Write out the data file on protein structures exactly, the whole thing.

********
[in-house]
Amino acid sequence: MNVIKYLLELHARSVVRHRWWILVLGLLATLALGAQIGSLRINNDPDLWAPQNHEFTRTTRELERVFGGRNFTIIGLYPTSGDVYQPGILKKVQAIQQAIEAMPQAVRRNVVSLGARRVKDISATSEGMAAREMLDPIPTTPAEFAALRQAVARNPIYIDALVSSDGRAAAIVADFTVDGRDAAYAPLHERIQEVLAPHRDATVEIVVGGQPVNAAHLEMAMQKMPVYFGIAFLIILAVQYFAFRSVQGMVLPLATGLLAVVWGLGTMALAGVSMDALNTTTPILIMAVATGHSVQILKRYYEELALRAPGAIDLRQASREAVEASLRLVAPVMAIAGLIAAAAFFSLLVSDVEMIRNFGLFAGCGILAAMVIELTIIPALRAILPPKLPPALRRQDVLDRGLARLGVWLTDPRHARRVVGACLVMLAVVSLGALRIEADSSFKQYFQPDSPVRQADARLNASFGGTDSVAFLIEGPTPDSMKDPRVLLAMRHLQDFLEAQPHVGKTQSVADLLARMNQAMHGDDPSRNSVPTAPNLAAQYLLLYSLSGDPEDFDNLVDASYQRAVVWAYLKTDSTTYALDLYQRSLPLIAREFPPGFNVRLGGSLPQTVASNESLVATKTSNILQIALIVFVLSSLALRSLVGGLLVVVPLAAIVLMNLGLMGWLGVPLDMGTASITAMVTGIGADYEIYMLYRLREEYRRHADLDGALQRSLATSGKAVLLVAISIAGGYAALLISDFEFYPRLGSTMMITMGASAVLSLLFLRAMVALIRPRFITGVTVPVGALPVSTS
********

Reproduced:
[in-house]
Amino acid sequence: MNVIKYLLELHARSVVRHRWWILVLGLLATLALGAQIGSLRINNDPDLWAPQNHEFTRTTRELERVFGGRNFTIIGLYPTSGDVYQPGILKKVQAIQQAIEAMPQAVRRNVVSLGARRVKDISATSEGMAAREMLDPIPTTPAEFAALRQAVARNPIYIDALVSSDGRAAAIVADFTVDGRDAAYAPLHERIQEVLAPHRDATVEIVVGGQPVNAAHLEMAMQKMPVYFGIAFLIILAVQYFAFRSVQGMVLPLATGLLAVVWGLGTMALAGVSMDALNTTTPILIMAVATGHSVQILKRYYEELALRAPGAIDLRQASREAVEASLRLVAPVMAIAGLIAAAAFFSLLVSDVEMIRNFGLFAGCGILAAMVIELTIIPALRAILPPKLPPALRRQDVLDRGLARLGVWLTDPRHARRVVGACLVMLAVVSLGALRIEADSSFKQYFQPDSPVRQADARLNASFGGTDSVAFLIEGPTPDSMKDPRVLLAMRHLQDFLEAQPHVGKTQSVADLLARMNQAMHGDDPSRNSVPTAPNLAAQYLLLYSLSGDPEDFDNLVDASYQRAVVWAYLKTDSTTYALDLYQRSLPLIAREFPPGFNVRLGGSLPQTVASNESLVATKTSNILQIALIVFVLSSLALRSLVGGLLVVVPLAAIVLMNLGLMGWLGVPLDMGTASITAMVTGIGADYEIYMLYRLREEYRRHADLDGALQRSLATSGKAVLLVAISIAGGYAALLISDFEFYPRLGSTMMITMGASAVLSLLFLRAMVALIRPRFITGVTVPVGALPVSTS